Speckled Pig Brewing Co. Charges onto the Local Craft Beer Scene

Just five months after its grand opening in late September 2022, Speckled Pig Brewing Company has been the go-to place to enjoy fine craft beer and wood-fired artisan pizza in Ballston Spa.

The new establishment is a joint project between the Elliott family of Ballston Spa and Larry and Mary Jo Heid. Several years ago, when the Heid’s son, Connor, was taking brewing classes at Schenectady County Community College, he introduced Larry to homebrewing. “He and I started brewing together a lot, and I really got into it,” Larry said.

The Heids spent their careers in Albany. Larry worked for the city and Mary Jo was an ultrasound technician at Albany Medical Center. When the pair found themselves with an empty nest, they were ready for entirely new second careers. That’s when they decided to open a brewery in Saratoga County. “This is our mid-life crisis,” Larry joked.

They had originally had their eye on Saratoga Springs, but after investigating, they felt that the brewery scene there was already saturated. That’s when they turned their attention to the Village of Ballston Spa, which they surprisingly found devoid of breweries. Larry sought the services of long-time Ballston Spa real estate agent Kelly Delaney-Elliott of Elliott Property Services LLC to search for a location.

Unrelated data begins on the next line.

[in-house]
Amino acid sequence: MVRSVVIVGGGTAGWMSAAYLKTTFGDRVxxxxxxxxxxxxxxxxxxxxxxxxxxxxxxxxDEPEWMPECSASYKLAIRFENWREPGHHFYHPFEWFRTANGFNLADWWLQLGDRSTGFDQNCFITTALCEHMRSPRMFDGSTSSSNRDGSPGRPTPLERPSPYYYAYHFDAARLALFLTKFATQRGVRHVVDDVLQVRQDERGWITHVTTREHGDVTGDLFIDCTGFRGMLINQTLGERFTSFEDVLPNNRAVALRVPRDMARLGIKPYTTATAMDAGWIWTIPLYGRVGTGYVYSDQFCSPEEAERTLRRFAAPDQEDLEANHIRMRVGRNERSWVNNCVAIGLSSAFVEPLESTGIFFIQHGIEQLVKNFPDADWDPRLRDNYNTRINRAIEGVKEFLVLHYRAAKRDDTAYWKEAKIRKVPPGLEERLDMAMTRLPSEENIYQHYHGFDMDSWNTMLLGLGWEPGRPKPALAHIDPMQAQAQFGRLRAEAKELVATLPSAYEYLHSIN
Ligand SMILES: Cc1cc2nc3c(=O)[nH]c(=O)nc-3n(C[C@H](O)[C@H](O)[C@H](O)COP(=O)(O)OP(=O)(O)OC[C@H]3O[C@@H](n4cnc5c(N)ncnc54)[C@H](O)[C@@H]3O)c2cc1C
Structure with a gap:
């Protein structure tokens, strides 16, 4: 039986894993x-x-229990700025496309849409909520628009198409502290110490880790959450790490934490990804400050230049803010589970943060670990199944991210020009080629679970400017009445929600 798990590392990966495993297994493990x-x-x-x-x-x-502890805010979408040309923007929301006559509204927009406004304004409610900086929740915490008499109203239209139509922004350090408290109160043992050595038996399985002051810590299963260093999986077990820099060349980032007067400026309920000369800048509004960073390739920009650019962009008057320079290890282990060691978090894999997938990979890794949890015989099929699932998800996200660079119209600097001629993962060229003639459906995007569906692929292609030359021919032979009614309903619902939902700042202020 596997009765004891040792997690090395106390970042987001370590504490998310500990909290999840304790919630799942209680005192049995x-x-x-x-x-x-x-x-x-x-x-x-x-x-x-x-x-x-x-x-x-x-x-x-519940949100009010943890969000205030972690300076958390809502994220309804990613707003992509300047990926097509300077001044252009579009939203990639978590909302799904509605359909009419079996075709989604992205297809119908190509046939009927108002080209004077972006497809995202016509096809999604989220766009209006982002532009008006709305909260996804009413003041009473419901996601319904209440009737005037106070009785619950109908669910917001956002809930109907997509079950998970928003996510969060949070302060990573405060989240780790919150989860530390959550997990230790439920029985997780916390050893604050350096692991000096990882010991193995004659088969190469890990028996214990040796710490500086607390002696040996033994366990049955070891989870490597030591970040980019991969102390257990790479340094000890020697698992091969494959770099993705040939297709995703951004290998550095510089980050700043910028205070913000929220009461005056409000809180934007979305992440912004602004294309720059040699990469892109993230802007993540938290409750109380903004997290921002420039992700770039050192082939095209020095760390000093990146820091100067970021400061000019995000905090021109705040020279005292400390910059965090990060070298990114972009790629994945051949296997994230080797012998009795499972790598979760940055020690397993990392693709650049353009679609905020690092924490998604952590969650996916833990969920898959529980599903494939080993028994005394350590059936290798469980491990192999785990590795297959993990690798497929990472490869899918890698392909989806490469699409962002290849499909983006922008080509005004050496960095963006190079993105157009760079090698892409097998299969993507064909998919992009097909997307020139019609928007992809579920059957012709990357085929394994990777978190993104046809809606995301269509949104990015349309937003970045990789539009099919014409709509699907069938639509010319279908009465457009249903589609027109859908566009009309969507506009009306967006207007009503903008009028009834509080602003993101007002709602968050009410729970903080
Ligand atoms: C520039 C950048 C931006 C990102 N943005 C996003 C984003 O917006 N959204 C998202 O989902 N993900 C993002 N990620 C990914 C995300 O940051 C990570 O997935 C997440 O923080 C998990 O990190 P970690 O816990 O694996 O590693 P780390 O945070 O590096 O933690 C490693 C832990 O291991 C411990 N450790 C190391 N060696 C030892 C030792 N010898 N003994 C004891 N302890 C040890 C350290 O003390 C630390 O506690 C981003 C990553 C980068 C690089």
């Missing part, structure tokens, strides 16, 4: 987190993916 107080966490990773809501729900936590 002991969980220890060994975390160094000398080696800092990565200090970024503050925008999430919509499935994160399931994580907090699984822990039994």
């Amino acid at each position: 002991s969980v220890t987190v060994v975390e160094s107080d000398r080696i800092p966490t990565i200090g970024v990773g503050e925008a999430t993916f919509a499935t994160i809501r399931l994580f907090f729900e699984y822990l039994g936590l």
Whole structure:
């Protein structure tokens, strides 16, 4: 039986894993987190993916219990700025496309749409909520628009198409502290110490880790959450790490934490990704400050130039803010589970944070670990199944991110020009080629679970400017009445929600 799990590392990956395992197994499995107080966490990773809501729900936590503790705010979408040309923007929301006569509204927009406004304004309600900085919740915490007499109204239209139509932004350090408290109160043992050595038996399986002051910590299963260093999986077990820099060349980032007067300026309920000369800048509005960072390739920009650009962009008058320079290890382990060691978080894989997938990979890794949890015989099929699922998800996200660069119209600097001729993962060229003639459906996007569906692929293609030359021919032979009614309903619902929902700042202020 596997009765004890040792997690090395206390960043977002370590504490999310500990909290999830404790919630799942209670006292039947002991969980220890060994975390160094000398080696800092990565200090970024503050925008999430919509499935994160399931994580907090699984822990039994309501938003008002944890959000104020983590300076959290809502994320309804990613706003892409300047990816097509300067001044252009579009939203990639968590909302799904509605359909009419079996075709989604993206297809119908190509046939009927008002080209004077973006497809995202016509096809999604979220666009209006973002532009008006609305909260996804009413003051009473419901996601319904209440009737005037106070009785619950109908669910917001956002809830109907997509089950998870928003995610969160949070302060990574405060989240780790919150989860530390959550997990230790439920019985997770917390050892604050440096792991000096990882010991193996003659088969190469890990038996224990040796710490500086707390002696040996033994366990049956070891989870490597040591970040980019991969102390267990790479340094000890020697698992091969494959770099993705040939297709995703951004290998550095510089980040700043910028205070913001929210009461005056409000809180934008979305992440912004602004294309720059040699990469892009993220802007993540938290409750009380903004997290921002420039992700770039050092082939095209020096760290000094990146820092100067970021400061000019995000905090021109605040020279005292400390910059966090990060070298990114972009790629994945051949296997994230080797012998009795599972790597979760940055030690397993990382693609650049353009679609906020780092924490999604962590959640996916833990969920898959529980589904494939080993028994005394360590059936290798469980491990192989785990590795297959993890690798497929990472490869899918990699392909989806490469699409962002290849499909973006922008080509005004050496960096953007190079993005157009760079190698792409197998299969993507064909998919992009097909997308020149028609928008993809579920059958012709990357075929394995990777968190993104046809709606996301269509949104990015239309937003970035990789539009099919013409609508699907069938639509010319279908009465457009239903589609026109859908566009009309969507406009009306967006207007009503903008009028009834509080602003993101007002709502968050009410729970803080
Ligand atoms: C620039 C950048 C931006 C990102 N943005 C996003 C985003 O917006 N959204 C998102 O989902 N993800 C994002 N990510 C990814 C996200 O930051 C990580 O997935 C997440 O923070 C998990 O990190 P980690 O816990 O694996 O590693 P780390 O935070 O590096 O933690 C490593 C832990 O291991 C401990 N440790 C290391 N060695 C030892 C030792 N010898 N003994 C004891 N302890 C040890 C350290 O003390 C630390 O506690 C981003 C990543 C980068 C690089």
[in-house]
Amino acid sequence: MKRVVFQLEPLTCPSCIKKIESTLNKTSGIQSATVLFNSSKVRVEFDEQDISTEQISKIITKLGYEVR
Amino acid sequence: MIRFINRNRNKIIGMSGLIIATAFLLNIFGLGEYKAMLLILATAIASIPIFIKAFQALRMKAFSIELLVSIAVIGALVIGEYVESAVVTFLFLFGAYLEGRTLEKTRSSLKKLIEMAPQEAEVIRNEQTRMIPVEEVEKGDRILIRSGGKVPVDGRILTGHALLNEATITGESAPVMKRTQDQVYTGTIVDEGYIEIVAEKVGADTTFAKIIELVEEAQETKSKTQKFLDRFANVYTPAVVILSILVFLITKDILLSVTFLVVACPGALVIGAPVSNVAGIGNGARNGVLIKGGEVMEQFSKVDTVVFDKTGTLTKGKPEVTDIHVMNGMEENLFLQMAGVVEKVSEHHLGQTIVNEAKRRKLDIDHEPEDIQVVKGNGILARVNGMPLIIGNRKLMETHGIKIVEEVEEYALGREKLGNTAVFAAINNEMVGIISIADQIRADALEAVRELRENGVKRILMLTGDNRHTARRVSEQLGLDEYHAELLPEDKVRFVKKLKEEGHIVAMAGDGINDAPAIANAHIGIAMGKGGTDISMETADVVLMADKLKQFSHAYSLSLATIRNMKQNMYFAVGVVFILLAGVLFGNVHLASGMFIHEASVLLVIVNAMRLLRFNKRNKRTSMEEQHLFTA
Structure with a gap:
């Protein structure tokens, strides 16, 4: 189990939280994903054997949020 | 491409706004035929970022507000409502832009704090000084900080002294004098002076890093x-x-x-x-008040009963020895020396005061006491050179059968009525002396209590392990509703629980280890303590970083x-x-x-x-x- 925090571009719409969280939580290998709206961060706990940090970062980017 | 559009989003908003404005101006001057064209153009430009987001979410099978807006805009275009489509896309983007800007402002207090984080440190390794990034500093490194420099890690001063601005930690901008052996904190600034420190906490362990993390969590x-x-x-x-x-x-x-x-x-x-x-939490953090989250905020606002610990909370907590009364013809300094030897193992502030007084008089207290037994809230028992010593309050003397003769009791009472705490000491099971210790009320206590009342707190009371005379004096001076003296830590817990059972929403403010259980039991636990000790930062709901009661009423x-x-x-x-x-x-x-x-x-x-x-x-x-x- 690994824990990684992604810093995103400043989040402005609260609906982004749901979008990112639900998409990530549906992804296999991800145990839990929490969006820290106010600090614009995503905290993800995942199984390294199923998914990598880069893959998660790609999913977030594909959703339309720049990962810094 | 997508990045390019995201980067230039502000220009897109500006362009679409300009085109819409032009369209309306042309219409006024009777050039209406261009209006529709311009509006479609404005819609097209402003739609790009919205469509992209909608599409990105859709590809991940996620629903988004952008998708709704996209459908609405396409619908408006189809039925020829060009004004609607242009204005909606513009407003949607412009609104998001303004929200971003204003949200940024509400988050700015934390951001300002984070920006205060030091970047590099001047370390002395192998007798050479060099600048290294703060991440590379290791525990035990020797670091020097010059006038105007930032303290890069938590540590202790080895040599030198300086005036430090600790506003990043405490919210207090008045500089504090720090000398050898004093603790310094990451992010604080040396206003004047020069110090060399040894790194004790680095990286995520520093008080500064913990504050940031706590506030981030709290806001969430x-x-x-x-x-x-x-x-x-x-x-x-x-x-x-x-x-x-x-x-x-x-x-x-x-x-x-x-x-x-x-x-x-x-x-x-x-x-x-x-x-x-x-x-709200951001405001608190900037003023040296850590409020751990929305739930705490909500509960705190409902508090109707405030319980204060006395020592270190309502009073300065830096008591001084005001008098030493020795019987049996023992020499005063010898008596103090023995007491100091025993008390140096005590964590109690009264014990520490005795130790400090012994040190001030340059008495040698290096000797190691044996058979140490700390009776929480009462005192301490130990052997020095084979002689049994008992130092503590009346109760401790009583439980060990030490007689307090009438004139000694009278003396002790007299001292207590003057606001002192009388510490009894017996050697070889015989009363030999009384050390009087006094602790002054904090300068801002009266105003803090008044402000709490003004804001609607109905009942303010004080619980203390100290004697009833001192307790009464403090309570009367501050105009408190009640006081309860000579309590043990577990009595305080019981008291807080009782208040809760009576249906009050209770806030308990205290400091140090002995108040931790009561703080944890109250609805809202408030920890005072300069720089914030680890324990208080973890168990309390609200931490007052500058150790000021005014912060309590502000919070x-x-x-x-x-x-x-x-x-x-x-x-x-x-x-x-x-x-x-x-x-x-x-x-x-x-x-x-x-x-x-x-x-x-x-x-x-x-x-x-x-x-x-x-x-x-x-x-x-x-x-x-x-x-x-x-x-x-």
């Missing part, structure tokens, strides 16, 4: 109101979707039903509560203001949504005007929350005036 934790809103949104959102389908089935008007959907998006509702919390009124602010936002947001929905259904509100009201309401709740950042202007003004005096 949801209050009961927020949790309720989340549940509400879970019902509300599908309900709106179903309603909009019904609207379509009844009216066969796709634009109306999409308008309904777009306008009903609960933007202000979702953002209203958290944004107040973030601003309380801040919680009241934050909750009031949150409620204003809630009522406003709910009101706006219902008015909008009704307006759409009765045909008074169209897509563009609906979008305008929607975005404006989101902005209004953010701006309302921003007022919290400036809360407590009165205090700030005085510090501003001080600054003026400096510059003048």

It just happened that the Elliott family had made a gutsy move at the beginning of the COVID-19 pandemic. They purchased an old, two-story, broken-down building at 11-13 Washington St. that had been vacant for decades. The building, originally constructed in 1901, housed a variety of businesses over the past century including a bicycle shop, a dress factory and a rental storage facility. When Elliott suggested the building as a location for the Heid’s new venture, they were receptive to the partnership.